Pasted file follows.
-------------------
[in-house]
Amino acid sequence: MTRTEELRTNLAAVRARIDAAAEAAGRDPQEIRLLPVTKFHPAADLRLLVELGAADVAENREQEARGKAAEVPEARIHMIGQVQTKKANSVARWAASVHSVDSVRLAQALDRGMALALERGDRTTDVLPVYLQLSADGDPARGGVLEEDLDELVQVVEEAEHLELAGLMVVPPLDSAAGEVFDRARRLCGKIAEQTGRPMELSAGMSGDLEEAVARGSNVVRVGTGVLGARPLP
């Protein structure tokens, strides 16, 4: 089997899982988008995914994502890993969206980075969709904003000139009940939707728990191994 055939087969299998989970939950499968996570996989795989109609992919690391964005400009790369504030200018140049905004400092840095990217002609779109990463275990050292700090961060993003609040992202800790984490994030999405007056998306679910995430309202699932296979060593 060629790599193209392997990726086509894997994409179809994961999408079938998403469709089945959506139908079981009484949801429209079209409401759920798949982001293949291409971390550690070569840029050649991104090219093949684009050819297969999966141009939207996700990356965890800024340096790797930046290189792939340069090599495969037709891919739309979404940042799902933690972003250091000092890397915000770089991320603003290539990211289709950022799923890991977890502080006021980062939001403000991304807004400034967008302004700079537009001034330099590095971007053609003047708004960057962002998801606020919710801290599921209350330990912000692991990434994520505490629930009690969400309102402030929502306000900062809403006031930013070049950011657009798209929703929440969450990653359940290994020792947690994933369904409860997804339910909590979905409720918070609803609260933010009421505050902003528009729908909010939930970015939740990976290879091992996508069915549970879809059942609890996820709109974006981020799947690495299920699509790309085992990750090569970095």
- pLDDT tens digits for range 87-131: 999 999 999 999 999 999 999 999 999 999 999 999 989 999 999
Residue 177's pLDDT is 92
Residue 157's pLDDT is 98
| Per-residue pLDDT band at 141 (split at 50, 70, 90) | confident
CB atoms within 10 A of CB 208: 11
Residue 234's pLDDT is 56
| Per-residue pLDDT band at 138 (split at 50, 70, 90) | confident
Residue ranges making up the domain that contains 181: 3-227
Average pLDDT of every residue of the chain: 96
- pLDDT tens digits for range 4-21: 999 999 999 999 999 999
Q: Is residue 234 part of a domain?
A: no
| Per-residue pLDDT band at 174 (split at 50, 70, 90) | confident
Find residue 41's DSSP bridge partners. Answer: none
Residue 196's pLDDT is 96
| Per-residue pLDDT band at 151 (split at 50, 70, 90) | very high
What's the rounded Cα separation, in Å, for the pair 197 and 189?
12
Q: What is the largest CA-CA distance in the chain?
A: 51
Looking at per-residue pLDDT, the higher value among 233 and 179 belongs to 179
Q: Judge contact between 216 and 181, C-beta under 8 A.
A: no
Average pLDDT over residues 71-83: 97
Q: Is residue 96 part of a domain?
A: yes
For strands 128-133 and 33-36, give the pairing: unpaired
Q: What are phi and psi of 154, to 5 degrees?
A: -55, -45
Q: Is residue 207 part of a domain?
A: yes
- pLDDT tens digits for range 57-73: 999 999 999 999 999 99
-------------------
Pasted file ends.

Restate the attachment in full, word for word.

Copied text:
[in-house]
Amino acid sequence: MTRTEELRTNLAAVRARIDAAAEAAGRDPQEIRLLPVTKFHPAADLRLLVELGAADVAENREQEARGKAAEVPEARIHMIGQVQTKKANSVARWAASVHSVDSVRLAQALDRGMALALERGDRTTDVLPVYLQLSADGDPARGGVLEEDLDELVQVVEEAEHLELAGLMVVPPLDSAAGEVFDRARRLCGKIAEQTGRPMELSAGMSGDLEEAVARGSNVVRVGTGVLGARPLP
């Protein structure tokens, strides 16, 4: 089997899982988008995914994502890993969206980075969709904003000139009940939707728990191994 055939087969299998989970939950499968996570996989795989109609992919690391964005400009790369504030200018140049905004400092840095990217002609779109990463275990050292700090961060993003609040992202800790984490994030999405007056998306679910995430309202699932296979060593 060629790599193209392997990726086509894997994409179809994961999408079938998403469709089945959506139908079981009484949801429209079209409401759920798949982001293949291409971390550690070569840029050649991104090219093949684009050819297969999966141009939207996700990356965890800024340096790797930046290189792939340069090599495969037709891919739309979404940042799902933690972003250091000092890397915000770089991320603003290539990211289709950022799923890991977890502080006021980062939001403000991304807004400034967008302004700079537009001034330099590095971007053609003047708004960057962002998801606020919710801290599921209350330990912000692991990434994520505490629930009690969400309102402030929502306000900062809403006031930013070049950011657009798209929703929440969450990653359940290994020792947690994933369904409860997804339910909590979905409720918070609803609260933010009421505050902003528009729908909010939930970015939740990976290879091992996508069915549970879809059942609890996820709109974006981020799947690495299920699509790309085992990750090569970095």
- pLDDT tens digits for range 87-131: 999 999 999 999 999 999 999 999 999 999 999 999 989 999 999
Residue 177's pLDDT is 92
Residue 157's pLDDT is 98
| Per-residue pLDDT band at 141 (split at 50, 70, 90) | confident
CB atoms within 10 A of CB 208: 11
Residue 234's pLDDT is 56
| Per-residue pLDDT band at 138 (split at 50, 70, 90) | confident
Residue ranges making up the domain that contains 181: 3-227
Average pLDDT of every residue of the chain: 96
- pLDDT tens digits for range 4-21: 999 999 999 999 999 999
Q: Is residue 234 part of a domain?
A: no
| Per-residue pLDDT band at 174 (split at 50, 70, 90) | confident
Find residue 41's DSSP bridge partners. Answer: none
Residue 196's pLDDT is 96
| Per-residue pLDDT band at 151 (split at 50, 70, 90) | very high
What's the rounded Cα separation, in Å, for the pair 197 and 189?
12
Q: What is the largest CA-CA distance in the chain?
A: 51
Looking at per-residue pLDDT, the higher value among 233 and 179 belongs to 179
Q: Judge contact between 216 and 181, C-beta under 8 A.
A: no
Average pLDDT over residues 71-83: 97
Q: Is residue 96 part of a domain?
A: yes
For strands 128-133 and 33-36, give the pairing: unpaired
Q: What are phi and psi of 154, to 5 degrees?
A: -55, -45
Q: Is residue 207 part of a domain?
A: yes
- pLDDT tens digits for range 57-73: 999 999 999 999 999 99